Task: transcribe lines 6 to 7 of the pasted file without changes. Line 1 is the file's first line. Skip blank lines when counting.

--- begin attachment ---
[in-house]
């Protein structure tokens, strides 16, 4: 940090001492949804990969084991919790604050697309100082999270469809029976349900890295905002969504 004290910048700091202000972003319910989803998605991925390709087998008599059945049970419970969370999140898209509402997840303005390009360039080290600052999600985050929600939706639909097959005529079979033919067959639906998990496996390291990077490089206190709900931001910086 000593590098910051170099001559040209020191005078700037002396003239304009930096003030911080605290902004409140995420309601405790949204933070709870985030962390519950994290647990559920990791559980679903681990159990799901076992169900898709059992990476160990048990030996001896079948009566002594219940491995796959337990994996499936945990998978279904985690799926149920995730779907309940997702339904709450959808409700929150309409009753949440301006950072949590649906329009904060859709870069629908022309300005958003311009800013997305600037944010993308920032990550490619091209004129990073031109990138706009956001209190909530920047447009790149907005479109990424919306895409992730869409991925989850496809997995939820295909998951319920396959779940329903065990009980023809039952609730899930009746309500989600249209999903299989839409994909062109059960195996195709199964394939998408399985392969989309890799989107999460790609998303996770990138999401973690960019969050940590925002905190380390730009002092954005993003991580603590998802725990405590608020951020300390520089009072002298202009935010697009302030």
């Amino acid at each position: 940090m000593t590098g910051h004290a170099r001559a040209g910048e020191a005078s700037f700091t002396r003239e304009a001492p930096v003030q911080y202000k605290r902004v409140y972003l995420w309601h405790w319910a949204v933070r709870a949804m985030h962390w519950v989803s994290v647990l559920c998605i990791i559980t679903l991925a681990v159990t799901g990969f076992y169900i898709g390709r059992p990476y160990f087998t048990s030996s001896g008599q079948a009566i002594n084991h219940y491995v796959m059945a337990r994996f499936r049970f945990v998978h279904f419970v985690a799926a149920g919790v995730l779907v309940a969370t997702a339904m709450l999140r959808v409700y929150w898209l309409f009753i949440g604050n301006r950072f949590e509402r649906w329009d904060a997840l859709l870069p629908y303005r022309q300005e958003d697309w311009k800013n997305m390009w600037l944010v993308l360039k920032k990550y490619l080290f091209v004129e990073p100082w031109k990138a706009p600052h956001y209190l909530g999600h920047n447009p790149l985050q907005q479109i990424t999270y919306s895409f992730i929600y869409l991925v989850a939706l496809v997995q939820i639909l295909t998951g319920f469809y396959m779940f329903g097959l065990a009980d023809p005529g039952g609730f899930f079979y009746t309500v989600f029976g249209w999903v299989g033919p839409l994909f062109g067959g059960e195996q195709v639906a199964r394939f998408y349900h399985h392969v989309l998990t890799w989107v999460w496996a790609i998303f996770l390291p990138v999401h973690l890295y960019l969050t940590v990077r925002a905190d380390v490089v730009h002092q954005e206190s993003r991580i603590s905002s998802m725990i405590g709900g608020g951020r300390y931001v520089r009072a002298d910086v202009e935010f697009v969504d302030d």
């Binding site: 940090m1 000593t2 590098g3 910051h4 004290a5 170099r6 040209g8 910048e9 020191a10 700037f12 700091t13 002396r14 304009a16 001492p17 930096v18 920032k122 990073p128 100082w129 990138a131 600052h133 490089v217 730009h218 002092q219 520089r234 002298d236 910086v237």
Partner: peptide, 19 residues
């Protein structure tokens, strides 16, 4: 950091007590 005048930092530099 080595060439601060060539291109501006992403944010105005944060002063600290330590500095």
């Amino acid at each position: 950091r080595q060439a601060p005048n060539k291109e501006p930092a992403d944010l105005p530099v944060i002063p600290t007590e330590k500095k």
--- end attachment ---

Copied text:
């Protein structure tokens, strides 16, 4: 950091007590 005048930092530099 080595060439601060060539291109501006992403944010105005944060002063600290330590500095």
């Amino acid at each position: 950091r080595q060439a601060p005048n060539k291109e501006p930092a992403d944010l105005p530099v944060i002063p600290t007590e330590k500095k």